Another Concept Another Crossover
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Another Concept Another Crossover

Another Concept Another Crossover

The Paris Motor Show kicks off at the end of this month. It’s a big deal because it’s one of the shows throughout the year where many manufacturers choose to show off new models and concept vehicles. A few days ago I wrote about the Land Rover Discovery and showed you the one picture they released ahead of the official unveiling in Paris. This week I’ve got a picture of another SUV to share, but this time from Lexus.

The UX Concept is what it’s called and the first thing I’m thinking is, “Does Lexus need another SUV?” They already have four on the market. Two of which, the NX and RX, are similar in size to the UX. Well, the truth is, Lexus is calling this a concept, or better yet, I would call it a design study. It’s a chance for Lexus designers to be bold and go a little crazy with their ideas and see how the public might react.

Here’s what Lexus has to say about the concept:

The Lexus UX Concept takes Lexus’ bold design language to the next level. Its strongly differentiated identity is meant to appeal to a progressive, urban audience living in a connected environment.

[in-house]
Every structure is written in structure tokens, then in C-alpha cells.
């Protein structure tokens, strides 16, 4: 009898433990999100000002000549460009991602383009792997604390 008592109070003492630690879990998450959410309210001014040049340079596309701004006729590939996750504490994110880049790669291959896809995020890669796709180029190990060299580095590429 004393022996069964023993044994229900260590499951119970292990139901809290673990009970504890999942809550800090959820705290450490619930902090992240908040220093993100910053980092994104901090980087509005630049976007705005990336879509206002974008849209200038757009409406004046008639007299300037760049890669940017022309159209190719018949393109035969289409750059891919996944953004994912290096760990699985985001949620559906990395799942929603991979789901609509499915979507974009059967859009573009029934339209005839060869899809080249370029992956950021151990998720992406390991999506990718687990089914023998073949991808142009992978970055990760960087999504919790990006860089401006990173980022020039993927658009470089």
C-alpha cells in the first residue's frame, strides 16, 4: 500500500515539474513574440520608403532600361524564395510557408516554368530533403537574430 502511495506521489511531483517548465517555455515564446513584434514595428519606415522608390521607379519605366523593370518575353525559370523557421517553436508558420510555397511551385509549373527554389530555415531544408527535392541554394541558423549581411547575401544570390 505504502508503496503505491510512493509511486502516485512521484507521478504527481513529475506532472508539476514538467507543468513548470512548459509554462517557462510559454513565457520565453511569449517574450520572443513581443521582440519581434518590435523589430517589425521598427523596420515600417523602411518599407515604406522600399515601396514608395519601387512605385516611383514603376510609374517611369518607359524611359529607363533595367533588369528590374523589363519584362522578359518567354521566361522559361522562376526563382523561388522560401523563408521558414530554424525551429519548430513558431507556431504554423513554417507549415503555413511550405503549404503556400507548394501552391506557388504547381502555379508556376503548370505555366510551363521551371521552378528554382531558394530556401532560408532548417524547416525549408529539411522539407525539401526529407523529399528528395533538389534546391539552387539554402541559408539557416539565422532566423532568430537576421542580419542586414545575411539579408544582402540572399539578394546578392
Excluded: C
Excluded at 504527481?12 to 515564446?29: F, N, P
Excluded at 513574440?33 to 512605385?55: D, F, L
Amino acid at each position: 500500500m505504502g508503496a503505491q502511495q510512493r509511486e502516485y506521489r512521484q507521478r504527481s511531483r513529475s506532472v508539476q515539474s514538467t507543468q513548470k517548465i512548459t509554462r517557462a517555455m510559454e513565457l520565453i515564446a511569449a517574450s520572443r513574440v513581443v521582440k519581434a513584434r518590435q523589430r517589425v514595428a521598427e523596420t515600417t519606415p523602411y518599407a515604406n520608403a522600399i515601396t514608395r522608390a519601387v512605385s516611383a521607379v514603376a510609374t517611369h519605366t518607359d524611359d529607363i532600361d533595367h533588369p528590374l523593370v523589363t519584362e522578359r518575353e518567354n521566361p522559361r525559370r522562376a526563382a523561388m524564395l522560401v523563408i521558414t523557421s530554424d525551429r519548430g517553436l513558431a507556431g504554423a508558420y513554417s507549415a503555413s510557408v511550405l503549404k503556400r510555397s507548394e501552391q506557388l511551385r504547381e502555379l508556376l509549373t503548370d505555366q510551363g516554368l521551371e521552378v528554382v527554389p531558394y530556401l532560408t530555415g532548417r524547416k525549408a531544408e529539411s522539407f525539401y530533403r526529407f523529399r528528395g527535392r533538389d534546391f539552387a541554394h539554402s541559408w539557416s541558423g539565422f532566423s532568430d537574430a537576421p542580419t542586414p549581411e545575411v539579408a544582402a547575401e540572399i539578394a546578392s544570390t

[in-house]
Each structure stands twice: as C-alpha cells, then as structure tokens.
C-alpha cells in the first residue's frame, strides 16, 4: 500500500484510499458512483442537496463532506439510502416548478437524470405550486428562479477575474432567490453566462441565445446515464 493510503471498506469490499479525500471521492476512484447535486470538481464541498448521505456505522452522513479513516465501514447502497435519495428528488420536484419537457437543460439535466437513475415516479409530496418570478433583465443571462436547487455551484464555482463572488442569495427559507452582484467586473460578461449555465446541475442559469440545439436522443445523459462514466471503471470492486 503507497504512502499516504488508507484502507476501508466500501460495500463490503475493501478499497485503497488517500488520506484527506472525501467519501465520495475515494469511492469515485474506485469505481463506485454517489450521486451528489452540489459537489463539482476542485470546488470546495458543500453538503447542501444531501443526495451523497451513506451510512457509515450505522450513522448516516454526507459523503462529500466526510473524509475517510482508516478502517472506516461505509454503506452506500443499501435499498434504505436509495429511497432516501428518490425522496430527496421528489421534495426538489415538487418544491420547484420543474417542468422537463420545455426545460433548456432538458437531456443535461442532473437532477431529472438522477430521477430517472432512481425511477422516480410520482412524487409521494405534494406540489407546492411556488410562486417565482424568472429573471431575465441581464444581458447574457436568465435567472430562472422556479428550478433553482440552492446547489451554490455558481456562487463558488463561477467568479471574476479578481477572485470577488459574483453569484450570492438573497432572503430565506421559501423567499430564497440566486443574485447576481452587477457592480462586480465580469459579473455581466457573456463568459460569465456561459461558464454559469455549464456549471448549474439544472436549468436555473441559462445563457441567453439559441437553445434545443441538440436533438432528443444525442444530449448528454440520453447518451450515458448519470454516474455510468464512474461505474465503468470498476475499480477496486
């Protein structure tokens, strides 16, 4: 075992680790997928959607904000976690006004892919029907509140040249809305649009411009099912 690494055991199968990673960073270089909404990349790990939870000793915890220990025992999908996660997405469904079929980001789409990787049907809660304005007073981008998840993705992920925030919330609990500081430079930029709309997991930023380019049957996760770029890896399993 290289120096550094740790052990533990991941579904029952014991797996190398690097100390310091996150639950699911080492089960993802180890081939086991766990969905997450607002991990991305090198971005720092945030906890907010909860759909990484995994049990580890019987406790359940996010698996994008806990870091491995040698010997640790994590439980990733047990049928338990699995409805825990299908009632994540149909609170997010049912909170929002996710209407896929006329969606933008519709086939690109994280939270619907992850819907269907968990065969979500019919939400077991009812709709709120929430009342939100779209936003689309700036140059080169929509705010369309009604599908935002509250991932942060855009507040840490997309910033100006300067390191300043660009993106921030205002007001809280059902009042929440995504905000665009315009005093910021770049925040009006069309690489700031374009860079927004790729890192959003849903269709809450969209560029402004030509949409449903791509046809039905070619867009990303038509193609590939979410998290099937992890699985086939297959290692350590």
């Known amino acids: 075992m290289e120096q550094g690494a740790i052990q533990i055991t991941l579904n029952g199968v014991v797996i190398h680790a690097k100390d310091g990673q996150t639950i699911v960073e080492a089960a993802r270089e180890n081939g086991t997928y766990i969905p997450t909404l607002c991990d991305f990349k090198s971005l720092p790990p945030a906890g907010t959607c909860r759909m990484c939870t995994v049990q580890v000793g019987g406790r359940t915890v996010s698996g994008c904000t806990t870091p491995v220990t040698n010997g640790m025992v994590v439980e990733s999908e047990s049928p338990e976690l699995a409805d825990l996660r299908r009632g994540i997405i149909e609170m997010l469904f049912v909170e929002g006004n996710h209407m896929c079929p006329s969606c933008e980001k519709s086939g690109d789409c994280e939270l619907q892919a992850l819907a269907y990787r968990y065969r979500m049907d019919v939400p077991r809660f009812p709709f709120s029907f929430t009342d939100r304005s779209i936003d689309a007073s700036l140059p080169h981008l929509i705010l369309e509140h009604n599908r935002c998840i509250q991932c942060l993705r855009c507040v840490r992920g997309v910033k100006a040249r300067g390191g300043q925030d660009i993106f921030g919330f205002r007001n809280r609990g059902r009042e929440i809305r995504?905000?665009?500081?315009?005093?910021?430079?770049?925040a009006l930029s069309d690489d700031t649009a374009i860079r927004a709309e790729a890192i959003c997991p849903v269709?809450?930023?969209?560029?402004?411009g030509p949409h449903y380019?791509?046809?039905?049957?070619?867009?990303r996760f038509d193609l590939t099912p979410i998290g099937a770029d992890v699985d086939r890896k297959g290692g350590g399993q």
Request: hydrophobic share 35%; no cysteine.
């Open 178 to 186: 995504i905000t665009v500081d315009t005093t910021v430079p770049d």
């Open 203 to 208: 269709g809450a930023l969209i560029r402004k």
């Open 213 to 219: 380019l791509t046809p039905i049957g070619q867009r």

The bold design language, as they call it, I have found to be more controversial than one might guess. Typically, Lexus design isn’t on the list of controversial car designs, but that’s not the case as of late. I know several people who’ve owned the RX, for example, but they aren’t pleased with the new “bold design language”, namely the overstated grill. However younger buyers, who are new to the Lexus brand and thought the older styles were a bit stuffy, disagree.

This brings up one the of the great debates the car companies face and why concept cars, like the UX, are so crucial. How do you update a brand to attract more customers, or more importantly younger buyers, without upsetting the established customer base? It’s a problem that many companies have a difficult time solving. Take Buick and Cadillac, for example, they are having trouble shaking the image of being vehicles for older people, even though both companies offer great cars. At the same time, it can be confusing because the Escalade is an example of a Cadillac that shows no real age range. All of this is to say, concept cars really are the best way to gauge public opinion without building a full-blown model that could potentially be a flop.

We’ll have to wait a few more weeks to see all the photos of the UX. Until then consider this, the Range Rover Evoque and the BMW i8 are both cars with dramatic looks that show a major departure from each of their companies’ previous models. Yet time and time again we hear people saying things like, “It’s a concept car for the street” or “it’s great how close these cars look to their concept form.” Both of these models should be a lesson for manufacturers.  If the concept is popular, make a few small changes to get it on the road. If it’s a flop, go back to the drawing board.

 

Phil’s Morning Drive, a web series about cars, is now streaming on Amazon and YouTube.

You can also follow this blog on Apple News.

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